The Timko Laboratory

Understanding Striga-Host Interactions

Years of investigation have uncovered an elegant system of chemical signaling by which Striga recognizes a potential host plant and regulates its development in order to optimize its chances for survival. Germination, haustorial induction, attachment to and penetration of the host root vascular system are all critical events in the Striga life cycle. We are interested in what factors and processes are required for the establishment of compatible host-parasite interactions, and how resistant host and non-host plants avoid being parasitized.

Our model system is the interaction of Striga gesnerioides with cowpea, an important tropical legume. We know that S. gesnerioides is among the most variable of the witchweeds and that there is both host specificity and differential resistance responses within host species. There have been few attempts to analyze genetic variability of Striga species and the relationship between genetic variability of the parasite and its host range and virulence is not known at this time. We have identified at least 7 distinct races of S. gesnerioides that parasitize cowpea across West and Central Africa . We have also identified isolates of the parasite that are specific for different wild legume species as well as non-leguminous dicots such as tobacco.    

Striga gesnerioides on cowpea in the field.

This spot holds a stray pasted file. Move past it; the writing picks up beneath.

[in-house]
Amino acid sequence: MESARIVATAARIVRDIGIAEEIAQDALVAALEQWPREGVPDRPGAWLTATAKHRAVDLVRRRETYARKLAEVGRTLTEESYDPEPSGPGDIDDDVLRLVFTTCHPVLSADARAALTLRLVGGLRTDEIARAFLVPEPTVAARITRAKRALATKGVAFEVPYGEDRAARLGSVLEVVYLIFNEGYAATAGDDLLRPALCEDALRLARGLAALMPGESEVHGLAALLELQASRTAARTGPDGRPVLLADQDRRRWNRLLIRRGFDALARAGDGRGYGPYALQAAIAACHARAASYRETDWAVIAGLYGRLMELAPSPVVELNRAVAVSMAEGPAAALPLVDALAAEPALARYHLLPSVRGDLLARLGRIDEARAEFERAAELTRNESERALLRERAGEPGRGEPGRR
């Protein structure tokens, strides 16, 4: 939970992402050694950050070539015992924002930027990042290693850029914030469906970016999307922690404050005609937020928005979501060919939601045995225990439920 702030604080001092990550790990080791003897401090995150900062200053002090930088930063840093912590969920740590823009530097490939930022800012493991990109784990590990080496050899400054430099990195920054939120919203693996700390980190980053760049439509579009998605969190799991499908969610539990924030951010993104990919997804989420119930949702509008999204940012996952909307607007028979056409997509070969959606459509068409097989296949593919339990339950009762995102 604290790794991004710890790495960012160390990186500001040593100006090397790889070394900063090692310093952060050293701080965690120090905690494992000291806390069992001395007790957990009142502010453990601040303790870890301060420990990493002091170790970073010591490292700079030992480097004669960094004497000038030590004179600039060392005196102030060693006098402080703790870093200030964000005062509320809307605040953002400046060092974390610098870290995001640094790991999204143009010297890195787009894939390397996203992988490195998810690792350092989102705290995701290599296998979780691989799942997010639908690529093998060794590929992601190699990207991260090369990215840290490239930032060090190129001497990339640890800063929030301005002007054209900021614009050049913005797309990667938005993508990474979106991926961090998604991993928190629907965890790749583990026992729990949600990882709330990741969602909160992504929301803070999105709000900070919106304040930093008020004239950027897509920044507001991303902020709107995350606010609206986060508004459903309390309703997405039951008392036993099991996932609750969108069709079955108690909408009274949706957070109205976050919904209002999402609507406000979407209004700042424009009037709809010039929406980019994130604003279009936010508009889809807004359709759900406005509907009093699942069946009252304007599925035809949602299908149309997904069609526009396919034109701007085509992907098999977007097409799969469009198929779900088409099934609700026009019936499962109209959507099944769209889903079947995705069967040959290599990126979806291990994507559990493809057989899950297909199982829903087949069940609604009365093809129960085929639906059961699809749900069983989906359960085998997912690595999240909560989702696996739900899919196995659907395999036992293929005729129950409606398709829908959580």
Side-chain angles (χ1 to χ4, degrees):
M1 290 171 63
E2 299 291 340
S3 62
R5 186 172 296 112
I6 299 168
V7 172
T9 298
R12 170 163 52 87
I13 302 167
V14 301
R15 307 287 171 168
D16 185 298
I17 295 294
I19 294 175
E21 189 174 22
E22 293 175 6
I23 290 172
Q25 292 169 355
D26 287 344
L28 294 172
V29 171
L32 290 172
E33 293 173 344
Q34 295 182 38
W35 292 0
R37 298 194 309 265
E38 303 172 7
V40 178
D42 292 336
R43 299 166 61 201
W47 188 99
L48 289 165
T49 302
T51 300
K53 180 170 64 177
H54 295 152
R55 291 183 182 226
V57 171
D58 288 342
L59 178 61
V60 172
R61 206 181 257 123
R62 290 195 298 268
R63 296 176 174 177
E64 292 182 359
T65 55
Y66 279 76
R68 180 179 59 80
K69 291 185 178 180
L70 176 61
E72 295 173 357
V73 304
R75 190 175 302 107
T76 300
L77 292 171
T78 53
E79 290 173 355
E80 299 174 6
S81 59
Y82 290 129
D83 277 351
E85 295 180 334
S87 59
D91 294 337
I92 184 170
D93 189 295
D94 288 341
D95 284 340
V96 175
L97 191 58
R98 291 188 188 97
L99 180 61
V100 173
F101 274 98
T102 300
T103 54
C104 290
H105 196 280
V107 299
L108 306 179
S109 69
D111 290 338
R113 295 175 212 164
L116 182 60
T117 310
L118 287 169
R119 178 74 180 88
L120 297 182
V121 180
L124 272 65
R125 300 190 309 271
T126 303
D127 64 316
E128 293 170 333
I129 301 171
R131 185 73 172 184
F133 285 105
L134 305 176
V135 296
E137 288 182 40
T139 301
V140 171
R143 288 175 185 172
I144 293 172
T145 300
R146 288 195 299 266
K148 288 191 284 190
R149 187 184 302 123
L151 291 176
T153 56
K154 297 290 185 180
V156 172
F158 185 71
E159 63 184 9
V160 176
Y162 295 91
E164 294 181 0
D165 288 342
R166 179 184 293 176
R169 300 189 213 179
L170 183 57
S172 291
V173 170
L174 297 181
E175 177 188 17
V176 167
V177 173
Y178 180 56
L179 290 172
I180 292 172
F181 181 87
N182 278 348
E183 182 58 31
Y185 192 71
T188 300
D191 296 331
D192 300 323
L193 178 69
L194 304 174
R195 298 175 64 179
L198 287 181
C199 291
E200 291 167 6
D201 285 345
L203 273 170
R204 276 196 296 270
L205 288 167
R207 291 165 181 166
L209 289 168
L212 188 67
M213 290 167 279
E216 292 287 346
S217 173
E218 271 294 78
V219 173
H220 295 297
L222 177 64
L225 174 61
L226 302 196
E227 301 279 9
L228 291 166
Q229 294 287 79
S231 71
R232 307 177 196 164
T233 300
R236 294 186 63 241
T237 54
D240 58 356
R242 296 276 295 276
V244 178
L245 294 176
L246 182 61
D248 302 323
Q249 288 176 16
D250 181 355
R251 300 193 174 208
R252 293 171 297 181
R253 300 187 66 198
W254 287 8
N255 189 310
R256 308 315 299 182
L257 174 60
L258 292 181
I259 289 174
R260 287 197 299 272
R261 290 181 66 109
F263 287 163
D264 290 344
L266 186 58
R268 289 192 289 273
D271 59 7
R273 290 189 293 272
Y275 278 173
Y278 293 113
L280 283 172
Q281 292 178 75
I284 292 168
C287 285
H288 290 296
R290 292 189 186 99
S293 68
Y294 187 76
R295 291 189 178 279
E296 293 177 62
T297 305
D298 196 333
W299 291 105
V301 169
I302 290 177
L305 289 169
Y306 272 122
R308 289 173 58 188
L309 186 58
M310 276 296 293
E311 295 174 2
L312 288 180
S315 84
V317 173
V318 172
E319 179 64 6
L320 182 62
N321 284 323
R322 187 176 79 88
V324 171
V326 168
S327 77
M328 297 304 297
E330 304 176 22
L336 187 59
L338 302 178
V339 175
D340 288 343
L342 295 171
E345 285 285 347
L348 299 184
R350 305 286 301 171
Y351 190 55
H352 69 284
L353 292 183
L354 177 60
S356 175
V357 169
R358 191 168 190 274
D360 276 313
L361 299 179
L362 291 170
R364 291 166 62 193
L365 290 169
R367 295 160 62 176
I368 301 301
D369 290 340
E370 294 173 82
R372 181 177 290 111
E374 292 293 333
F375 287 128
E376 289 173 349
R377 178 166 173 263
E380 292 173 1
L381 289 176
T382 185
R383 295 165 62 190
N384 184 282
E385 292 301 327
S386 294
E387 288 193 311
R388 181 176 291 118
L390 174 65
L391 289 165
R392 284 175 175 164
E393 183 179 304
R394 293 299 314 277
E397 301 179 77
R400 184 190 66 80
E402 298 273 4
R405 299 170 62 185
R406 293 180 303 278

Careful observation has provided evidence for at least two different mechanisms of resistance to Striga parasitism in cowpea. One mechanism resembles the hypersensitive response (HR) observed in other plant-plant pathogen interactions and suggests the presence of a specific R gene-mediated response mechanism. The second type of resistance response involves arrested development of the parasite tubercle following attachment and attempted penetration of the host root cortex. We are interested in determining whether specific avirulence (Avr) genes exist in S. gesnerioides corresponding to the race-specific resistance (R) genes identified in cowpea, and how these and other heritable factors present in the parasite genome define its host range and specificity. In essence, we are testing whether the gene-for-gene mechanism of resistance operating in other plant-plant pathogen interactions is also functioning in Striga -host associations. We have identified a number of molecular markers that segregate with several of the race-specific resistance genes in cowpea and are currently pursuing the map-based cloning and characterization of these genes. We are also using microarray-based analyses to determine the global changes in gene expression associated with Striga parasitism of resistant and susceptible cowpea cultivars.